, this is true for any monoid.

By associativity, these two trees have the same annotations.

(v1<>v2)<>(v3<>v4) = v1<>(v2<>(v3<>v4))

In fact, as long as the sequences of leaves are the same, this quantity will be the same. The tag at the root of a tree with `n`

elements is

measure a1 <> measure a2 <> measure a3 <> ... <> measure an

While independent of the shape of the branching, i.e. on the placement of parenthesis, this may of course depend on the order of elements. It makes sense to refer to this combination of measures of all elements as the measure of the tree.

instance Measured a v => Measured (Tree a v) v where measure = tag

Thus, every tree is annotated with its measure.

## Search

Our efforts culminate in the unification of the two search algorithms `!!`

and `winner`

. They are certainly similar; at each node, they descend into one of the subtrees which is chosen depending on the annotations. But to see their exact equivalence, we have to ignore branches and grouping for now because this is exactly what associativity “abstracts away.”

In a sequence of elements `a1, a2, ..., an`

how does one find say the third one? Well, we scan the list from left to right and add 1 for each element encountered. As soon as the count exceeds 3, we have found the third element.

1 -- is not > 3 1 + 1 -- is not > 3 1 + 1 + 1 -- is not > 3 1 + 1 + 1 + 1 -- is > 3 ...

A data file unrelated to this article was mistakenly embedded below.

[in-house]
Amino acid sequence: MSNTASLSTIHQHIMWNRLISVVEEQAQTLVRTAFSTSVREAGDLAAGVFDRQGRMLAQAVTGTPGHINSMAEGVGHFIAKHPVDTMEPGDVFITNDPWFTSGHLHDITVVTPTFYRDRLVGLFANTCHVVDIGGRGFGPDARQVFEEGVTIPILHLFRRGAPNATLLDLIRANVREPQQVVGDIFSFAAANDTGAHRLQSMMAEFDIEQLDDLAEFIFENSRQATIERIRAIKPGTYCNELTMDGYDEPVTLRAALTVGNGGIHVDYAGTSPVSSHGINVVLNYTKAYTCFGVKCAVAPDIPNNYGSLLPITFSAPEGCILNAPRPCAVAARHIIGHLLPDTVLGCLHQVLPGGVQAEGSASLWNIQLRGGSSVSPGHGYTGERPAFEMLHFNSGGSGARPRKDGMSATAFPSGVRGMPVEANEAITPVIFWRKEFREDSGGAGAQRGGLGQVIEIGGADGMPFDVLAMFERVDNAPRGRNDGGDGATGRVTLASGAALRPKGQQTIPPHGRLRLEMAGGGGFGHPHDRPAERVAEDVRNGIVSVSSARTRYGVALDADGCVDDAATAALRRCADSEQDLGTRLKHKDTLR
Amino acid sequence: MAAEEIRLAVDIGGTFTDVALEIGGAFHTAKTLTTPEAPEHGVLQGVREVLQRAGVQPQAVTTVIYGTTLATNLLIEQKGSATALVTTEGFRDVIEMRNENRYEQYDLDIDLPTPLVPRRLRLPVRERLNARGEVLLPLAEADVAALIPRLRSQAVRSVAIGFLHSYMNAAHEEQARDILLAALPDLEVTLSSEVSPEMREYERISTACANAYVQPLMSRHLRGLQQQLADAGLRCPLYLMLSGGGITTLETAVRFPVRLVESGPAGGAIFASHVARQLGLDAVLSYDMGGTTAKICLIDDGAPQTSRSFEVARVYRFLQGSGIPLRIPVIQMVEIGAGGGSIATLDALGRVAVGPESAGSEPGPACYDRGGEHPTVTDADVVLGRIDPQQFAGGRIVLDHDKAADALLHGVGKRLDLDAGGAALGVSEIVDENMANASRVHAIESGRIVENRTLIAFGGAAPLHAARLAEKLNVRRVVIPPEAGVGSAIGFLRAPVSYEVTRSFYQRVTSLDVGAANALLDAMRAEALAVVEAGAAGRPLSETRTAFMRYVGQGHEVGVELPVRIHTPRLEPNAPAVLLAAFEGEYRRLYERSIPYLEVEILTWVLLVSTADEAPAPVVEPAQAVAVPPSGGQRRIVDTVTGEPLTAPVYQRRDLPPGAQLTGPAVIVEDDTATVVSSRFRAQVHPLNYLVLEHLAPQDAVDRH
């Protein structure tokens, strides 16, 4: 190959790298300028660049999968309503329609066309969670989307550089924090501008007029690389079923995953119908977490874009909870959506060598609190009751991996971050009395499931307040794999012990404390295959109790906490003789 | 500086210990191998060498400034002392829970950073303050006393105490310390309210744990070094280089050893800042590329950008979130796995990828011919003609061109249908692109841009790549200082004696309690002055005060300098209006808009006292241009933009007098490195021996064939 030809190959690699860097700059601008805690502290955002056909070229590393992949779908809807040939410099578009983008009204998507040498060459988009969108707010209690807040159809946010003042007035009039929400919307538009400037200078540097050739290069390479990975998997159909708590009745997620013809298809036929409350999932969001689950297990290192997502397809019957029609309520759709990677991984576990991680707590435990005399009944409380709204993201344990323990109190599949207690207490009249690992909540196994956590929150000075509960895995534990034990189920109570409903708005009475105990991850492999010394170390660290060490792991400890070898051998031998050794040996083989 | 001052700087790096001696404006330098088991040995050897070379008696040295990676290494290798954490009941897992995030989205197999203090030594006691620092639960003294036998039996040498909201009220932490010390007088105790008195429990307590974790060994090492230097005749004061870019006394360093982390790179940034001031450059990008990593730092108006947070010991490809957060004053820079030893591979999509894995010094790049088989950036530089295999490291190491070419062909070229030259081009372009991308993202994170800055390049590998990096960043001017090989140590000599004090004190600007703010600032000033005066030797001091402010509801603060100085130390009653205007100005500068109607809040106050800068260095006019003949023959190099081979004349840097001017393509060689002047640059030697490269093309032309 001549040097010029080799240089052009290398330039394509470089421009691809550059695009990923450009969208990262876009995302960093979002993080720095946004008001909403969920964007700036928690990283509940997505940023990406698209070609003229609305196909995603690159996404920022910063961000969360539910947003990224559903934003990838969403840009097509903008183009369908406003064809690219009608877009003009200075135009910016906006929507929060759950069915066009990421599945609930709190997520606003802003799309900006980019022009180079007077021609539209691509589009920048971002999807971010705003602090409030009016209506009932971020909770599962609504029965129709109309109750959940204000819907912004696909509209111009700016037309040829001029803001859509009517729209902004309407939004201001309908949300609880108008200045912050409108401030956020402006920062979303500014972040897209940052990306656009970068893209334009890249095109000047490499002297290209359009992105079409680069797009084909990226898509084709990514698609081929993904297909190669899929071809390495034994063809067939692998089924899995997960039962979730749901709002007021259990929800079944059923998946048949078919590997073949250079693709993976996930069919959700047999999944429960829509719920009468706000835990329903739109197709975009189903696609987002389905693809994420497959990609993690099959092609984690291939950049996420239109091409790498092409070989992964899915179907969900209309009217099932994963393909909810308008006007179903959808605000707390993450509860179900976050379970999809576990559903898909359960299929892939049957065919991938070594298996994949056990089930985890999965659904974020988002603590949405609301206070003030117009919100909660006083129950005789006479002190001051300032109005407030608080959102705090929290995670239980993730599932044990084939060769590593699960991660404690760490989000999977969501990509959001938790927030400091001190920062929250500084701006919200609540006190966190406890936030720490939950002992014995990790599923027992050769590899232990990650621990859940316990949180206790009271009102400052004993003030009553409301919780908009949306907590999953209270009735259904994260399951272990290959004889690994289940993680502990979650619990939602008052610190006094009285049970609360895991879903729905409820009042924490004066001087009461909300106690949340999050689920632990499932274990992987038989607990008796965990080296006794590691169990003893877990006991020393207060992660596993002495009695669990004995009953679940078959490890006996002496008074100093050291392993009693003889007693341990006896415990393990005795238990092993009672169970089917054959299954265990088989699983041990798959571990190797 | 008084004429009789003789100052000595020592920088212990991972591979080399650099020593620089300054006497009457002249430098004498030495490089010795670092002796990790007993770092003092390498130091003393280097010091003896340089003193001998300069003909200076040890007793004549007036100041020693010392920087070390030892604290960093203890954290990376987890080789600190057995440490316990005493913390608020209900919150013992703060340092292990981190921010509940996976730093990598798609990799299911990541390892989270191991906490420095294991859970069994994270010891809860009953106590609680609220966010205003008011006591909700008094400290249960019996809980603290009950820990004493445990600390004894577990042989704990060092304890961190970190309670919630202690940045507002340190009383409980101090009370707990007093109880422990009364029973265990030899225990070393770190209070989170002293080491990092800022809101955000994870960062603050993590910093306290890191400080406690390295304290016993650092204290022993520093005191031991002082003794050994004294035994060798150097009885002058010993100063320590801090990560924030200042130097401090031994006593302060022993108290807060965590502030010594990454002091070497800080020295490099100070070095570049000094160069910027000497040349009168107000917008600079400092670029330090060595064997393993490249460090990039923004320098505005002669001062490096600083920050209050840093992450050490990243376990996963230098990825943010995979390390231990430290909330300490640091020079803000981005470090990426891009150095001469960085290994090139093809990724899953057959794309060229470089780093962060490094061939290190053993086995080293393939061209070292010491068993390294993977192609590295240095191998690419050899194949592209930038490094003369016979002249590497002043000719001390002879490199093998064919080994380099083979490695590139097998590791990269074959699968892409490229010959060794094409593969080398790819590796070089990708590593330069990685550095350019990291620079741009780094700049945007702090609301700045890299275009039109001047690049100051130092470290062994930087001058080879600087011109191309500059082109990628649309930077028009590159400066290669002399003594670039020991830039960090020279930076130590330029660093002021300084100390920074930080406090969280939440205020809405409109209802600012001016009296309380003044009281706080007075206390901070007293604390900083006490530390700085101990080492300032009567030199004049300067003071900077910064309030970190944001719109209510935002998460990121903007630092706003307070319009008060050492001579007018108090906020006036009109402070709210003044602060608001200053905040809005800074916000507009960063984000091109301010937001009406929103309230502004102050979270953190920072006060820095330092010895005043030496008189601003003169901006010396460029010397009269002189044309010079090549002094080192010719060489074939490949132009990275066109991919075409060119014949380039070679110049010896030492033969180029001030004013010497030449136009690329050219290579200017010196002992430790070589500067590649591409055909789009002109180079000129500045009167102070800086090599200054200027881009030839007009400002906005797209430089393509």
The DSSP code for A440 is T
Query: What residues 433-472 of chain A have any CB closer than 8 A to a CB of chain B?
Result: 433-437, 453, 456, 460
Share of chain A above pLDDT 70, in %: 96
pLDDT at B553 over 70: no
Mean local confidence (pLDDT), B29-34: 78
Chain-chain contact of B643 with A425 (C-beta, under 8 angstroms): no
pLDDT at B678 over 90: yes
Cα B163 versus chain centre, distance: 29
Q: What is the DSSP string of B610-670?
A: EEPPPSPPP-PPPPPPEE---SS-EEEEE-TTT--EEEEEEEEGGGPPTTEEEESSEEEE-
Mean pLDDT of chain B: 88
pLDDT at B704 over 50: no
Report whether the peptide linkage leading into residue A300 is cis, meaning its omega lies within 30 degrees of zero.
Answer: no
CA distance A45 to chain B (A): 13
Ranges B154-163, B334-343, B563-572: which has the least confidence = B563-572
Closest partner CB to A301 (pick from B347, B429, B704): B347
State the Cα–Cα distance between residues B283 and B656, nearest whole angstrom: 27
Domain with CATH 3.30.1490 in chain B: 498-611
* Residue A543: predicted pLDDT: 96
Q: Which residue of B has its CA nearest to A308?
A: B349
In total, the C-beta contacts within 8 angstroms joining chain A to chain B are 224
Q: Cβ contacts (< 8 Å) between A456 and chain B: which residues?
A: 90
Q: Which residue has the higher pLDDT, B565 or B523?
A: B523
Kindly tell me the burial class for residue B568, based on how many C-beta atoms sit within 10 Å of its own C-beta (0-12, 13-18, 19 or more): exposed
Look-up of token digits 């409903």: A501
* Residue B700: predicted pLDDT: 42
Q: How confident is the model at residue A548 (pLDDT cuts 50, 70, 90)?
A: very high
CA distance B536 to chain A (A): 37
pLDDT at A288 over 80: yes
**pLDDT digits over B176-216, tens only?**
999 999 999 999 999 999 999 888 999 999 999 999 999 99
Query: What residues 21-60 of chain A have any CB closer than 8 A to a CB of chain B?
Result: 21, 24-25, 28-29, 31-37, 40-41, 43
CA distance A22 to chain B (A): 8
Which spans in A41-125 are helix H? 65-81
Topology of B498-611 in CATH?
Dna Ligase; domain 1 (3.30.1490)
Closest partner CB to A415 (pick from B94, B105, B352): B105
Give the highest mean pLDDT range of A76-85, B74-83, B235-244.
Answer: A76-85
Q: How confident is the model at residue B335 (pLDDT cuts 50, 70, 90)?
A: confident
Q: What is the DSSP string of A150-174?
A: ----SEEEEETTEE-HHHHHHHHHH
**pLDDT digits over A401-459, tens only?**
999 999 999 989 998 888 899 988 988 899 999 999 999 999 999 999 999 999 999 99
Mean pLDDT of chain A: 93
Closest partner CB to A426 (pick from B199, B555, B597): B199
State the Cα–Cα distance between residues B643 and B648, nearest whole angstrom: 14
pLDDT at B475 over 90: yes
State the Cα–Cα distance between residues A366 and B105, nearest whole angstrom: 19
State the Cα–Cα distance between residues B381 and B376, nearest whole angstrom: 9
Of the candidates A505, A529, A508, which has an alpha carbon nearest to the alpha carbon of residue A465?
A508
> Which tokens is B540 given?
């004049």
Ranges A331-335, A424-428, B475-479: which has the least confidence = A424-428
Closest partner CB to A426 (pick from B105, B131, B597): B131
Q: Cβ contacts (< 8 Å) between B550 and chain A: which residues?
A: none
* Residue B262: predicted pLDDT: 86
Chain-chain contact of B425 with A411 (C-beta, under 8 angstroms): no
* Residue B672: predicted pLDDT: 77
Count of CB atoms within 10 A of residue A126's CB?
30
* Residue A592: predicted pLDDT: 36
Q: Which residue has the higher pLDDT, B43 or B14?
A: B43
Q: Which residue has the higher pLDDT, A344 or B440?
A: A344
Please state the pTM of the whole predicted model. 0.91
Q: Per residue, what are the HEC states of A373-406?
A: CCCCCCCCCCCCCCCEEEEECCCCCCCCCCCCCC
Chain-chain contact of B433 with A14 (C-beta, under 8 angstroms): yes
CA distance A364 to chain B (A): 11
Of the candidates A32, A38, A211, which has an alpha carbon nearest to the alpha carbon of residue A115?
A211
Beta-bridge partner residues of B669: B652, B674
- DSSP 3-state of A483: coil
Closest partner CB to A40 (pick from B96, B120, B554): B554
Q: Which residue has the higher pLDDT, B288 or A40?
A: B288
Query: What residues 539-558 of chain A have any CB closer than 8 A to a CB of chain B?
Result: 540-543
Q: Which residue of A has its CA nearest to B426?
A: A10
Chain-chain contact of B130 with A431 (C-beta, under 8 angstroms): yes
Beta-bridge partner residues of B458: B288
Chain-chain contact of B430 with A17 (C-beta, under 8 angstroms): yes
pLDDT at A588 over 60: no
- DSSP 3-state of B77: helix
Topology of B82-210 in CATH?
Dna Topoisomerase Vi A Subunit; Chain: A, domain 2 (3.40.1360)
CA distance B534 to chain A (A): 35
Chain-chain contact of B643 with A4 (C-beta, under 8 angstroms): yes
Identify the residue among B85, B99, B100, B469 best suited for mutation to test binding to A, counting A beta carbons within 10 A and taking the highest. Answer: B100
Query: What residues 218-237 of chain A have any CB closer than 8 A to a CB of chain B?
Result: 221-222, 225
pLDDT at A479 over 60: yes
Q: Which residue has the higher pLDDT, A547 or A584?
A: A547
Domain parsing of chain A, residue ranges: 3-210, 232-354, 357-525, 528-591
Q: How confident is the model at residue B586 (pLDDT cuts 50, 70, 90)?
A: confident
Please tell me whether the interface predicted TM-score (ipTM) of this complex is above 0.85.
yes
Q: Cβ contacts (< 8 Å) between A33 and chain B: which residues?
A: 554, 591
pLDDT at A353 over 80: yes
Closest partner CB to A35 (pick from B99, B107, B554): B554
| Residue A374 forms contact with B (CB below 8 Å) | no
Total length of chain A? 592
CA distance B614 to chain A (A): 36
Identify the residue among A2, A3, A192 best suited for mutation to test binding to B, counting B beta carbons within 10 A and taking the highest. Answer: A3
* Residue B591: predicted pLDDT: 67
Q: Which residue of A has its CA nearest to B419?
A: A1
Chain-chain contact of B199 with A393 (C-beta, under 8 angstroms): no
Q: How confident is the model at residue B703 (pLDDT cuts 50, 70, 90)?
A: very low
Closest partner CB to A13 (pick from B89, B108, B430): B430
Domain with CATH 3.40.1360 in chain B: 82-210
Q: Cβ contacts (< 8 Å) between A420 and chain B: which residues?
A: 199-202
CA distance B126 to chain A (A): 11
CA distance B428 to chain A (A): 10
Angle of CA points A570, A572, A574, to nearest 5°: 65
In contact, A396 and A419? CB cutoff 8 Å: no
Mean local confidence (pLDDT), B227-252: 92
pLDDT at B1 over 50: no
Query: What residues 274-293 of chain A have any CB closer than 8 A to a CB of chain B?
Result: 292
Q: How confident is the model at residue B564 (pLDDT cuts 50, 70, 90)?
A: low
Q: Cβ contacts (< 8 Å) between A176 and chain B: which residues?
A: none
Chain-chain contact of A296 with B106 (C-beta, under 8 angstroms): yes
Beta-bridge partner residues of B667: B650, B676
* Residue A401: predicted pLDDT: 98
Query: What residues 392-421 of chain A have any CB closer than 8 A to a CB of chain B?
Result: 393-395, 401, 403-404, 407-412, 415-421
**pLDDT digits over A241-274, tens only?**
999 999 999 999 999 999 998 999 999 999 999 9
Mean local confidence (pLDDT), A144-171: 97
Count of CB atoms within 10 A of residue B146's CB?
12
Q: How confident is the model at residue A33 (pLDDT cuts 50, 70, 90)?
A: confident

Similarly, how to find the element of a least priority say `v`

? Well, we can scan the list from left to right and keep track of the minimum priority so far. We have completed our search once it becomes equal to `v`

.

v1 -- still bigger than v v1 `min` v2 -- still bigger than v v1 `min` v2 `min` v3 -- still bigger than v v1 `min` v2 `min` v3 `min` v4 -- equal to v! ...

In general terms, we are looking for the position where a predicate `p`

switches from `False`

to `True`

.

measure a1 -- not p measure a1 <> measure a2 -- not p measure a1 <> measure a2 <> measure a3 -- not p measure a1 <> measure a2 <> measure a3 <> measure a4 -- p ... -- p

In other words, we are looking for the position k where

p (measure a1 <> ... <> measure ak) = False p (measure a1 <> ... <> measure ak <> measure a(k + 1)) = True

The key point is that `p`

does not test single elements but combinations of them, and this allows us to do binary search! Namely, how to find the element where `p`

flips? Divide the total measure into two halves.

x <> y x = measure a1 <> ... <> measure a(n/2) y = measure a(n/2 + 1) <> ... <> measure an

If `p`

is `True`

on the first half, then we have to look there for the flip, otherwise we have to search the second half. In the latter case, we would have to split `y = y1 <> y2`

and test `p (x <> y1)`

.

In the case of our data structures, the tree shape determines how the measure is split into parts at each step.

search :: Measured a v => (v -> Bool) -> Tree v a -> Maybe a search p t | p (measure t) = Just (go mempty p t) | otherwise = Nothing where go i p (Leaf _ a) = a go i p (Branch _ l r) | p (i <> measure l) = go i p l | otherwise = go (i <> measure l) p r

Since we have annotated each branch with its measure, testing `p`

takes no time at all. Of course, this algorithm only works if `p`

really does flip from `False`

to `True`

exactly once. This is the case we say that `p`

is a *monotonic* predicate. Our two examples `(> 3)`

and `(== minimum)`

have this property and thus, we can finally conclude.

t !! k = search (> k) winner t = search (== measure t)